Like the flour and sugar in a well-stocked pantry, assets are the ingredients that are added in specific portions into your investing recipe. Rather than looking at individual stocks, Portfolio Charts focuses on low-cost index funds that track a wide variety of popular indices. Each index tracks hundreds or even thousands of securities, so a thoughtful investor can diversify their portfolio quite well by purchasing just a few index funds with minimum effort required.
The assets are grouped by high-level type: Domestic Stocks, International Stocks, Bonds, and Real Assets. You’ll see the color codes repeated throughout the site as a visual guide to overall portfolio construction. The Asset pages contain a high level overview, including a heat map that is handy for noting when the asset did very well and when it struggled. In addition, you’ll find references to every portfolio on the site that uses that asset.
Perhaps most importantly, I’ve done my best to list a variety of index funds that best track the described asset. These are the funds you’ll need to purchase when it comes time to build your own portfolio. If that’s something that interests you but you’re not sure how it all works, here is a good place to start.
The numbers behind the assets are a personal collection compiled from many reputable public sources and including a good number of my own calculations. The goal is to present clean and accurate data free of fund-specific variables that can affect returns independent of normal market performance. While these returns may not perfectly track the performance of your favorite fund every year, I’ve personally verified that every series reasonably models the intended market for general comparison purposes. Returns for each year are calculated from the following sources:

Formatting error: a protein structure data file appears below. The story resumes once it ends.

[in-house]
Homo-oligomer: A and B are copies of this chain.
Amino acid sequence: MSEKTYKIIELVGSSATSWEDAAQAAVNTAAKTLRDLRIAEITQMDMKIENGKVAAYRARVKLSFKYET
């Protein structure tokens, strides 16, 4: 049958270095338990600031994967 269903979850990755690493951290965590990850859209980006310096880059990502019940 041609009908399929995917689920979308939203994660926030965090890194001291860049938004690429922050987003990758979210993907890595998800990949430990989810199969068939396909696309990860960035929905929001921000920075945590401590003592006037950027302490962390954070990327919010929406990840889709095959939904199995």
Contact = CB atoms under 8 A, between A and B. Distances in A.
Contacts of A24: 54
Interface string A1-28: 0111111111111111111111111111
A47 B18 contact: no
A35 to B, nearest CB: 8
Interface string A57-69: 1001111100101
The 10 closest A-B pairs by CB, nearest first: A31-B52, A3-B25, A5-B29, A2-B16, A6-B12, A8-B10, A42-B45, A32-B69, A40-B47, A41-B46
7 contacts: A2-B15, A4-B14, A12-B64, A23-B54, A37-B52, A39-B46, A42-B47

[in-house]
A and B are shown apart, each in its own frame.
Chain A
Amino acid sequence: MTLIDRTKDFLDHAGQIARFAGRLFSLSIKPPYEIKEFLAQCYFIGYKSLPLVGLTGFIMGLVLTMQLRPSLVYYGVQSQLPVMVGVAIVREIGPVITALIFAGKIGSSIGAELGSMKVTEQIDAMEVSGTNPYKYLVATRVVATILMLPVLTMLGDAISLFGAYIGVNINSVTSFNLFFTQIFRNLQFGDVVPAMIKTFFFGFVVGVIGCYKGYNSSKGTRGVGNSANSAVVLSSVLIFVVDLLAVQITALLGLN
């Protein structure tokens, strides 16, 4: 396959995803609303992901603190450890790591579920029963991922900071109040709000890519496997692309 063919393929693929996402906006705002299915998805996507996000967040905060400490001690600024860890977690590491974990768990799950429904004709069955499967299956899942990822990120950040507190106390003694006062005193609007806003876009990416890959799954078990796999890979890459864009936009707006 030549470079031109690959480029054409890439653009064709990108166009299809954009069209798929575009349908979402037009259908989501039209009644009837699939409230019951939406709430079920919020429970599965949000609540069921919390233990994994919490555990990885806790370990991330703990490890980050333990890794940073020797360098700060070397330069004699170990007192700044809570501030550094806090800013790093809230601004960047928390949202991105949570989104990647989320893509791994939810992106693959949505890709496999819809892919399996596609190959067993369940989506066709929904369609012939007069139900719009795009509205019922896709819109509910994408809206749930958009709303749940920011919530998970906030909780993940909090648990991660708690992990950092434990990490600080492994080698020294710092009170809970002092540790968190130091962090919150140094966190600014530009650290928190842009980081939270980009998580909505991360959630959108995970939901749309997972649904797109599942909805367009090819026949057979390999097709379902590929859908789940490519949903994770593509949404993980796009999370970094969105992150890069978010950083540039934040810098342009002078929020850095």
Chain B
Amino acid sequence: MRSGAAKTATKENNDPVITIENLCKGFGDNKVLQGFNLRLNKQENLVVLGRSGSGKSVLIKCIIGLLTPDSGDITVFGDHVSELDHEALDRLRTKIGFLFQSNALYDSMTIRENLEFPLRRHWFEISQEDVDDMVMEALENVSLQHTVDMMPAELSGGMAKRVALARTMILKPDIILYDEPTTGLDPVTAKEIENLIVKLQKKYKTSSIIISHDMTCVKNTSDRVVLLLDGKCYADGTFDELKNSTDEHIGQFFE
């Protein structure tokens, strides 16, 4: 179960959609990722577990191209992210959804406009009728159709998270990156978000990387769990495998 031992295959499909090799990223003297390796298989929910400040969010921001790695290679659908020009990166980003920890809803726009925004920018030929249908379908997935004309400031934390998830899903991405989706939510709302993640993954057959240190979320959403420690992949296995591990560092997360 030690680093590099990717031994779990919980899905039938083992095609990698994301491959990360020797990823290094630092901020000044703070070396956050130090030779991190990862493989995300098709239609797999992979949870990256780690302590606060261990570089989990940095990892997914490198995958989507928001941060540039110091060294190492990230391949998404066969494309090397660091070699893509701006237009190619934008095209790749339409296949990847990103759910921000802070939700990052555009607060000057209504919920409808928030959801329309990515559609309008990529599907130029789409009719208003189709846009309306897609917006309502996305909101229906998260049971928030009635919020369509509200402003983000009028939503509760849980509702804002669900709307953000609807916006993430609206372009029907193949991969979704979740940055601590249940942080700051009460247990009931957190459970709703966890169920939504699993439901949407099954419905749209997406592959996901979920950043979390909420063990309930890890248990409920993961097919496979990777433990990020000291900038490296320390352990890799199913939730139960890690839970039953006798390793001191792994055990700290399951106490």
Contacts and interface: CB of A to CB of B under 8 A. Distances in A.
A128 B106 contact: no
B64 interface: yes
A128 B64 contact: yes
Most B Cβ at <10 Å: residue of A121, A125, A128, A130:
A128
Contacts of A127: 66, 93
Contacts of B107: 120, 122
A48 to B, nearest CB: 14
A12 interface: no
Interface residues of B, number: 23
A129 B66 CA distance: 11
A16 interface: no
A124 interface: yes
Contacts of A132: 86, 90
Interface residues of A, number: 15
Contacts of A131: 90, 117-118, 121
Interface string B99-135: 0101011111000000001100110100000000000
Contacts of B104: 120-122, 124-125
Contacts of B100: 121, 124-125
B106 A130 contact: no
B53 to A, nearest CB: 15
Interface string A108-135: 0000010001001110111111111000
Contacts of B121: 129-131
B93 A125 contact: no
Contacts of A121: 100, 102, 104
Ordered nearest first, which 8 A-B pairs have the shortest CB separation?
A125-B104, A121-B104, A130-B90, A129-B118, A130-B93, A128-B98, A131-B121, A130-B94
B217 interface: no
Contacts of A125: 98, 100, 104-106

Stocks: Portfolio Charts calculations (based on Fama-French source data), Fama-French, IIA, and small amounts of MSCI to fill in any gaps
Bonds: Portfolio Charts bond fund calculations based on central bank yield curve data
Cash: Average annualized 3-month Tbill rate from OECD
Exchange Rates: Year-end rates from the US Federal Reserve
Gold: London Bullion Market
Other: REITs, commodities, and emerging markets use data from the Simba backtesting spreadsheet. The ER is credited back to the return for consistency with other assets.
When good data all the way back to 1970 does not exist from any source, the calculations utilize similar-but-different replacement assets in order to provide valuable historical context. I make use of an automatic error measurement system that verifies any portfolio utilizing replacement assets accurately models the desired design intent, and every chart clearly calls out when returns are only estimated.
Stock Index Definitions
All of the stock data adheres to the following standard definitions that are generally consistent with the methodologies of modern index providers:
Large Cap: Top 70% of market capitalization
Mid Cap: 70-85%
Small Cap: 85-100%
Value: The cheap half of the market sorted by book-to-market
Growth: The expensive half of the market sorted by book-to-market
Blend: The total market segment with no value or growth filter applied